11 NOVEMBER  2008  




DOGS have dealt with the Education International Definition of Public Education in Press Release 255 ( www.adogs.info/pr255.htm)and Press Release 264 ( www.adogs.info/pr264.htm ) and considered demonstrable commitment to public education at Press Release 259 ( www.adogs.info/pr259.htm ) and Press Release 260 ( www.adogs.info/pr260.htm ). Further discussion on the definition of public education can also be found at www.adogs.info/definition.htm

Education International Definition of Public Education:

The following is the totally inadequate definition of public education adopted by resolution at the E.I. (Education International ) World Congress at Porto Alegre, Brazil, in 2004. This definition was contained in a resolution adopted on Education: Public Service or Commodity:

Public education is a system open to all without discrimination on the basis of gender, religion, culture or social class, free of charge, publicly funded, and managed and evaluated in accordance with the objectives and principles established democratically by public authorities.

Why is the EI Definition of Public Education Incomplete and Stupid?

On the basis of their Australian experience, DOGS indicated in their earlier Release No. 255 ( www.adogs.info/pr255.htm) that the EI definition of Public Education was incomplete, misleading, and unwise. At Press Release 264 ( www.adogs.info/pr264.htm) we indicated the stupidity of leaving the definition of public education to so-called public authorities. What strong public education group would leave vital indicia of public education to any other group or government ?

The Purpose of this News Release:

The purpose of this Press Release is to consider the failure of the EI definition to take into account and include within their definition the two most fundamental elements of a public education system. These elements are:

  • public in purpose

  •  public in outcome.

Public In Purpose Left out of E.I. Definition:

DOGS definition of public education contains eight indicia. Seven of these indicia derive from the first, namely, the fact that a public education system must be public in purpose.

The concept of 'public in purpose" arises out of the logic and history of New World English speaking countries like the USA, Australia, New Zealand and certain parts of Canada. Unfortunately for New Zealand, the 'public in purpose' aspect was destroyed by the enemies of public education and their fellow travellers as early as the 1970s.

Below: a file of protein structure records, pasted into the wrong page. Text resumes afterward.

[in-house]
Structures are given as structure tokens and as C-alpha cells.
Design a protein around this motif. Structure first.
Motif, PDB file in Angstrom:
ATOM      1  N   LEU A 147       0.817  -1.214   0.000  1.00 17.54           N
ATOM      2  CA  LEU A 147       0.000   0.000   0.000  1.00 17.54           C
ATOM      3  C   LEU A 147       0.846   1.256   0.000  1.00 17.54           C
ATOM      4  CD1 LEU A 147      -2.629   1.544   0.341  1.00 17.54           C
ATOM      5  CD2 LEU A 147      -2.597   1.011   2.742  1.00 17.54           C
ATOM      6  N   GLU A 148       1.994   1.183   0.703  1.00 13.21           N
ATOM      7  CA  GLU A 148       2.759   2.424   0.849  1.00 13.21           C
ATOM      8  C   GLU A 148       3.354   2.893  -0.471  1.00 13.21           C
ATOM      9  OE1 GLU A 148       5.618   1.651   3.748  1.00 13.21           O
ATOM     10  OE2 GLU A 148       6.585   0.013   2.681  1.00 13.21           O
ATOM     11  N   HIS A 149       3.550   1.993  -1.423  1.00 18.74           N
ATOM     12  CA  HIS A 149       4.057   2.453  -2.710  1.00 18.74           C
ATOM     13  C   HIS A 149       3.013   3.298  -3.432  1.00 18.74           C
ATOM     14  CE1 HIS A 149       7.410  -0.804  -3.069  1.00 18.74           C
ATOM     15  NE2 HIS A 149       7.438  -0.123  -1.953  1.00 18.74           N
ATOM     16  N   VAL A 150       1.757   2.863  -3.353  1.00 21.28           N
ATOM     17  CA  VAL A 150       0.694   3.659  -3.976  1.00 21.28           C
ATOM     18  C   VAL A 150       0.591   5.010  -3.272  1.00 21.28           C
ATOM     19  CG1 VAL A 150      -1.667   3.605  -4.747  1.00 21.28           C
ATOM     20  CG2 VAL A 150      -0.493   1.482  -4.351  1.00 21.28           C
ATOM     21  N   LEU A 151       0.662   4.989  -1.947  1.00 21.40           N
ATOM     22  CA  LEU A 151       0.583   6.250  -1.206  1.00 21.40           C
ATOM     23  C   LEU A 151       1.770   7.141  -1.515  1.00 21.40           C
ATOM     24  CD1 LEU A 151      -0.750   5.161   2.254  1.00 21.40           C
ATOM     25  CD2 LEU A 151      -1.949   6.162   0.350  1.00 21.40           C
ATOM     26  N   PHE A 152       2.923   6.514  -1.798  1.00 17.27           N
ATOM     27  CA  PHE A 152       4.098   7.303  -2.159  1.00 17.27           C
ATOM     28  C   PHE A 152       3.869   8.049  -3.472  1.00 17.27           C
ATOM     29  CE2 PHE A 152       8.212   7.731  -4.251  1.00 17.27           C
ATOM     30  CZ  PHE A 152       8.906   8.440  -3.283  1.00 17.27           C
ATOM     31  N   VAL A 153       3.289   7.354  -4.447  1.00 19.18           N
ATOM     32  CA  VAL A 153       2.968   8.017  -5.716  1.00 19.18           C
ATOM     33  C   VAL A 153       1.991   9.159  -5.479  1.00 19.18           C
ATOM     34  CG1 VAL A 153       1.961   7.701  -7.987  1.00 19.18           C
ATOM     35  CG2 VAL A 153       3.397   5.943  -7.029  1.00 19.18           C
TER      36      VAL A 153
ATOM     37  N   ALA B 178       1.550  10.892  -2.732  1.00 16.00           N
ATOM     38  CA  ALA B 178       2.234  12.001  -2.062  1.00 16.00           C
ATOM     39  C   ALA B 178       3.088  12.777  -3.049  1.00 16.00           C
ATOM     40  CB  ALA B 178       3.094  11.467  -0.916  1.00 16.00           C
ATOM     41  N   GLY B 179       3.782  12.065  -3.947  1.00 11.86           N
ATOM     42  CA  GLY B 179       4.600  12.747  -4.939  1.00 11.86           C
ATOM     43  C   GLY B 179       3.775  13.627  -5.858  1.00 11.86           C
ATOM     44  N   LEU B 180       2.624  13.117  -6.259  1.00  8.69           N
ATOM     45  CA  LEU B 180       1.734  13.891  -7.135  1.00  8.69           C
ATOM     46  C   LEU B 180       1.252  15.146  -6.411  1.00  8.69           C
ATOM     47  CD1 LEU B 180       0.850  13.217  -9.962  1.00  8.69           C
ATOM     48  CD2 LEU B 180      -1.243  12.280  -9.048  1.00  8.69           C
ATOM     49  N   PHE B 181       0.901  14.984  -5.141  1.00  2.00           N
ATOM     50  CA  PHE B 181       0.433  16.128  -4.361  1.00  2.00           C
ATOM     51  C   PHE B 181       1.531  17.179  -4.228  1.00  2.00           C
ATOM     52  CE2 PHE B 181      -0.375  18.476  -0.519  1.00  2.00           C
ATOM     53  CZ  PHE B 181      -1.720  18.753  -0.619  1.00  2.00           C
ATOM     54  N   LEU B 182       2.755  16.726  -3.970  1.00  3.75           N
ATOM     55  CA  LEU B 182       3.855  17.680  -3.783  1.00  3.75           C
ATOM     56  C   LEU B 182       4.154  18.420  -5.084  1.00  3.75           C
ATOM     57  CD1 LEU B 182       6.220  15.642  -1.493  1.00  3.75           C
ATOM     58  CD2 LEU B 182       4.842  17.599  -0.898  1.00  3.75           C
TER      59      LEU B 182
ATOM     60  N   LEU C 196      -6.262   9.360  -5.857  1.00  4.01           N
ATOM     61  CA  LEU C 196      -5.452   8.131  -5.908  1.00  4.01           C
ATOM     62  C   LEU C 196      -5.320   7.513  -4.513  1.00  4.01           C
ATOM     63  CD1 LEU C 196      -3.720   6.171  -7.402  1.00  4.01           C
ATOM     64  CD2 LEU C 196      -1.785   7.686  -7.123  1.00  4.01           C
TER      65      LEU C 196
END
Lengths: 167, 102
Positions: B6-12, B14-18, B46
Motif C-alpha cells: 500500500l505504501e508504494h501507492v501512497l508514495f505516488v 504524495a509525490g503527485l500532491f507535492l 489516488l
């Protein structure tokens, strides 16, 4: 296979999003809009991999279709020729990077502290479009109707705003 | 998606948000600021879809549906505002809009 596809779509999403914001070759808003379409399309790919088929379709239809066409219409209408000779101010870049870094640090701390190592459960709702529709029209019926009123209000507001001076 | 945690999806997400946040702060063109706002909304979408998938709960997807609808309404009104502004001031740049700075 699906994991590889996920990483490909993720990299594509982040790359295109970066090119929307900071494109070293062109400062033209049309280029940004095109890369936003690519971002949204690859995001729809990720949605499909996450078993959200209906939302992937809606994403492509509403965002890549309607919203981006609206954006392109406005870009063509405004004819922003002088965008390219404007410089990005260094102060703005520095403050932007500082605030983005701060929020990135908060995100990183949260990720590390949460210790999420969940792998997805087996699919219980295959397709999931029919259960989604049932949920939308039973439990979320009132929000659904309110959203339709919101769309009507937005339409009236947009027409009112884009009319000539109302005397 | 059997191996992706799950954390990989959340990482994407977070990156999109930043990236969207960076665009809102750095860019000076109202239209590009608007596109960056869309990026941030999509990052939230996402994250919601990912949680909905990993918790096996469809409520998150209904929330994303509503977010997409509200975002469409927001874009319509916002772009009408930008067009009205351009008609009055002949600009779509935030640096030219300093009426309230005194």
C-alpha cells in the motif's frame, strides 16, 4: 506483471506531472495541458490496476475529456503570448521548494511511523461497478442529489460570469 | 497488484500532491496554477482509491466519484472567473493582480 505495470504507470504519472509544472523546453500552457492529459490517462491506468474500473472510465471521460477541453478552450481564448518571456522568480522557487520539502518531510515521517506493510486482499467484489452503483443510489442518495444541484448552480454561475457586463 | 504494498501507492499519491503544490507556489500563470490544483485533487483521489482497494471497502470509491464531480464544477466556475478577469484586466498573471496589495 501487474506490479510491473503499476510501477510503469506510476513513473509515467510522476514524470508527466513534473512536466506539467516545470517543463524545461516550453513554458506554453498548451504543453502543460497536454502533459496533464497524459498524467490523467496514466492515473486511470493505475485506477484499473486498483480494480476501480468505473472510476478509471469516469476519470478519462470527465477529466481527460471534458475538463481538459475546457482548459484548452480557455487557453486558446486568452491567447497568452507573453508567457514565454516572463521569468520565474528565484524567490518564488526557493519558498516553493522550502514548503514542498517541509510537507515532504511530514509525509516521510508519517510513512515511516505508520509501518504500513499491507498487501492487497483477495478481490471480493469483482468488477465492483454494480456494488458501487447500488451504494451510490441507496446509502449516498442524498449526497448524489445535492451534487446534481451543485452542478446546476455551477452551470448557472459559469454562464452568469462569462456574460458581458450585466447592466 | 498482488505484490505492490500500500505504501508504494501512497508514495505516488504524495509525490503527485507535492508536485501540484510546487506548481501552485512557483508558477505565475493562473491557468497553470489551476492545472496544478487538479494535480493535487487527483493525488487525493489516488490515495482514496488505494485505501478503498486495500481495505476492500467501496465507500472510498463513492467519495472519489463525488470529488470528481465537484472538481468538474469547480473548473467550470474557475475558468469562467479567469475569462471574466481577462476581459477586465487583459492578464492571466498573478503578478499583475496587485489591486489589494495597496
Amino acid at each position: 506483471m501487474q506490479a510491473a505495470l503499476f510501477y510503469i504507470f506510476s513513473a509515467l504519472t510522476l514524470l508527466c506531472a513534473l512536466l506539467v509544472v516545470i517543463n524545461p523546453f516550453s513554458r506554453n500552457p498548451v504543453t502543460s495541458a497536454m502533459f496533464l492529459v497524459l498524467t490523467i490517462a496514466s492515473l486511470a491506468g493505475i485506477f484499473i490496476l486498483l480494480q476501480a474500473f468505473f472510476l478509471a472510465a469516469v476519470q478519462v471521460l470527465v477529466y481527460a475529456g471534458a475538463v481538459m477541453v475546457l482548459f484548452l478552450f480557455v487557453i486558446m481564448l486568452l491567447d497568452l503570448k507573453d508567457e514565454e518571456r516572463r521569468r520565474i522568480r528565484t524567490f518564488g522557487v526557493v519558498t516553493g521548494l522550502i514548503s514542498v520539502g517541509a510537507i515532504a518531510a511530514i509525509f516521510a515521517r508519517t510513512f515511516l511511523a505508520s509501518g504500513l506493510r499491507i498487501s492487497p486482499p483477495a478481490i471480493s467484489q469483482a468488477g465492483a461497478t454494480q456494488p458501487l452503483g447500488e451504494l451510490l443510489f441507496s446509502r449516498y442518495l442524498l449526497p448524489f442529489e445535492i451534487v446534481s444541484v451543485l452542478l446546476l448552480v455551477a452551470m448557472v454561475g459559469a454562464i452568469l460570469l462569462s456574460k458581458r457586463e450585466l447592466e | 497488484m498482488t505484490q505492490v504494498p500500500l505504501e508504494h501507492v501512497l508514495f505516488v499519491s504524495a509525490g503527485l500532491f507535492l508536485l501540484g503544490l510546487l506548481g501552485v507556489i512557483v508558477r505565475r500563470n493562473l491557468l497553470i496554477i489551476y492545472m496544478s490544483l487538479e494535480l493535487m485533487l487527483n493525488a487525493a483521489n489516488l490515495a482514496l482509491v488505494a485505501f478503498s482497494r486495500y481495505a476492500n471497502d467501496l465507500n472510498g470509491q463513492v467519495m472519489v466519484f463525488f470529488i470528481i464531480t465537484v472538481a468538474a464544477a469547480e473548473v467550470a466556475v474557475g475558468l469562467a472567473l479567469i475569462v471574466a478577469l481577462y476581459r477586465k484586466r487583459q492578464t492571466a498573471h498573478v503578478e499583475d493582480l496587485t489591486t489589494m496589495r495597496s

The Australian Founding Fathers realised the central role played by a public education system which is public in purpose as a foundation to a secular, liberal, heterogeneous and harmonious  democratic State. They realised that public education was and is the most important business in a civil society.

The free, secular, universal and accessible public education is fundamental to success in this endeavour. Our Founding Fathers realised that it was necessary to establish the public (government) school and public (government) education systems when they established a modern secular liberal State with a modern political philosophy that aimed to achieve liberal values of liberty, justice, fraternity, popular consent, and the obligation to the public good.

Central to these aims was the secularity of public education and the principle of separation of religion and the State.

Public (Government) School education stands for and assists in achieving a viable and just community. Public (government) school education is required for the continuation of this viable, democratic, heterogeneous community. Let no one doubt that if there is to be a twilight of the 'liberal' Public (Government) school and Public education systems, that twilight would also be the twilight of the modern 'liberal' democratic State whose values are freedom; equality;  justice; fraternity; the working of popular consent; the personal obligation for the public good and the voluntary contribution to religion together with the separation of church and state. 

It should be noted that voluntary contribution to religion and the ideal of religious liberty also go hand in hand. Forced contributions to religion and religious schooling is a denial of basic religious liberty. When this basic  liberty is infringed through State Aid to religious schools, all of the other basic values of the liberal democratic state are also undermined. The Australian experience of Federal State Aid to religious schools since 1964 is evidence of this.

The Public (Government) School and Public Education system were and are established to serve a public purpose rather than a private one. They are not maintained for the personal advantage or private gain of the teacher, the proprietor, or the Board of Managers; nor does it exist simply for the enjoyment, happiness or advancement of the individual students or their parents. The Public (Government) School or system was and is established for the whole society through the provision of schools for all children throughout the community; for the communication of  knowledge and understanding necessary for exercising of responsibilities of citizenship. Moreover, the Public system is public in purpose in that it attempts to bring all the public together in an exercise of community with members of the public learning to work together for their children and with those children learning to work, live and play together.

 Dangers of the State Within the State

One of the purposes of Public Education for the Australian Founding Fathers was the importance of not having a State within a State. Andrew Inglis Clark ( 1885) and Edmund Barton ( 1879) used this concept when talking about State Aid to church schools and the crucial role played by public education for the public good.

DOGS describe the phenomenon of the ''State within the State' as a Cancer in the Body Politic'.

Central to the prevention of a State within the State, namely the influence of the church within the State, was the withdrawal of State Aid to religious schools in the late nineteenth century.